Bbabo NET


A frosty January in Europe helped Gazprom start the year better than last year

Ukraine (, - Russian pipeline gas exports to Europe in January significantly exceeded the figures for the first month of last year. Among the reasons: it was frosty in the EU, and fuel prices were much lower.

In January, Gazprom increased supplies to Europe, excluding Turkey, by almost one and a half times compared to last year. According to the European Union gas transmission system operator platform ENTSOG, in the first month of 2024, exports amounted to 2.52 billion cubic meters. Whereas a year earlier it was at its lowest levels - 1.8 billion cubic meters.

Such data is provided by ENTSOG for Russian gas receiving points in Ukraine and Bulgaria - Sudzha and Strandzha 2/Malkochlar. Russian gas supplies from the Turkish Stream pass through the last point.

As a result of sanctions, counter-sanctions and sabotage, Gazprom is left with only two routes for gas supplies to Europe - through Ukraine and via the Turkish Stream.

Obviously, the main reasons for the increase in exports were the frosty weather in Europe this January and the lower price of gas.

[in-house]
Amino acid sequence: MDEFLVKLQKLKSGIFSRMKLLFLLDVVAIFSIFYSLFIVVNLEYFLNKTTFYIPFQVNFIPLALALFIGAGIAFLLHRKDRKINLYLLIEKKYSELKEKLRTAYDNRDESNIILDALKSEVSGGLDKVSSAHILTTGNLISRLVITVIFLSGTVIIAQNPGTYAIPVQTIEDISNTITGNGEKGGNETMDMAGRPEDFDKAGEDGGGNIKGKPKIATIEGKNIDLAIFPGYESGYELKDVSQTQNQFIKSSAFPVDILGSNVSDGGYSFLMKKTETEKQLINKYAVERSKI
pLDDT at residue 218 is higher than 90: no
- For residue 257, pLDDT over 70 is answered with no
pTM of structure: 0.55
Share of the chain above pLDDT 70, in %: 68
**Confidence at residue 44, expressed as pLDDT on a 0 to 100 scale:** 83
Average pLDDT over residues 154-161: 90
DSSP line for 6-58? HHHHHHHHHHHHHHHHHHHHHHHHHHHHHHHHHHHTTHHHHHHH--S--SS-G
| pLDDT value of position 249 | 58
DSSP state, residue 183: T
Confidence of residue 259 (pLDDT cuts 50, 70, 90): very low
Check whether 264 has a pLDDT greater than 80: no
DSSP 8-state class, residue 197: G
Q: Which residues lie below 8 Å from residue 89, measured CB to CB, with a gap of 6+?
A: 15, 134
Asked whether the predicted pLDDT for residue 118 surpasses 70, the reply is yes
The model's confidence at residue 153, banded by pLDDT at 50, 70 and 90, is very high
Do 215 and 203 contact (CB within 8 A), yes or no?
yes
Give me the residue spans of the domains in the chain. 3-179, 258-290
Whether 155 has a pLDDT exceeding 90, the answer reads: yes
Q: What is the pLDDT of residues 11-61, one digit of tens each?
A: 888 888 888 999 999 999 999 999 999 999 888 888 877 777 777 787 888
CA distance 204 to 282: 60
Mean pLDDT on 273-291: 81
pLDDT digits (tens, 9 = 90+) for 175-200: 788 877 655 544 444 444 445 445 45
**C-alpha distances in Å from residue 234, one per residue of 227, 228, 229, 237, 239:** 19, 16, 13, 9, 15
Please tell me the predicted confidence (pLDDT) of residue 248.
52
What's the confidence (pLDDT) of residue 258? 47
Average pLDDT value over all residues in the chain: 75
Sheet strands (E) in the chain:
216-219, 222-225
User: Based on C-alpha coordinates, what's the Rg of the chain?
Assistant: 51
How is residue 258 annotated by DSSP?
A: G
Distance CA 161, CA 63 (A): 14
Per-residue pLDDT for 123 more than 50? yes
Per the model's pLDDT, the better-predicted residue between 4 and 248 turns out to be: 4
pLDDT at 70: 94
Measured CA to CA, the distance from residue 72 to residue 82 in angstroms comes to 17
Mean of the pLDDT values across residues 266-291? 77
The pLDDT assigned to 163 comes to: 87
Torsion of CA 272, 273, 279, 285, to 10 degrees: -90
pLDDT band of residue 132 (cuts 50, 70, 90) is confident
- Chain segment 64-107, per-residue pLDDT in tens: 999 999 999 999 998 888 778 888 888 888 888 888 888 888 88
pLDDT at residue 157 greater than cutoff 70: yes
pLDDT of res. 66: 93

“In January of this year, gas demand in Europe increased by 11%. This is still 14% lower than the 2017-2021 average. This is not a recovery, but it could be a start,” writes ICIS analyst Tom Marzek-Manser in X.

Gas prices, in turn, have fallen significantly in Europe. If in December 2022 their minimum cost for deliveries for January 2023 at the TTF hub was at least $925 per thousand cubic meters, then quotes for the first month of winter this year are $366.

According to ENTSOG, January 2023 was the lowest for Gazprom’s exports to Europe. In August, supplies have already reached 2.85 billion cubic meters per month.

Russian gas is still purchased directly by Austria, Italy, the Czech Republic, Slovakia, Hungary, Serbia, North Macedonia and Greece. All customers receive fuel under long-term contracts, in which its price is tied to European stock exchange quotations.

The International Energy Agency (IEA) believes that in 2024, Gazprom’s supplies to Europe will remain at the 2023 level.

As reported, despite the geopolitical confrontation with the West and a decrease in supplies, Russia remains one of the main sources of gas supplies to Europe. In 2023, its share in fuel imports to the region amounted to more than 15%.

A frosty January in Europe helped Gazprom start the year better than last year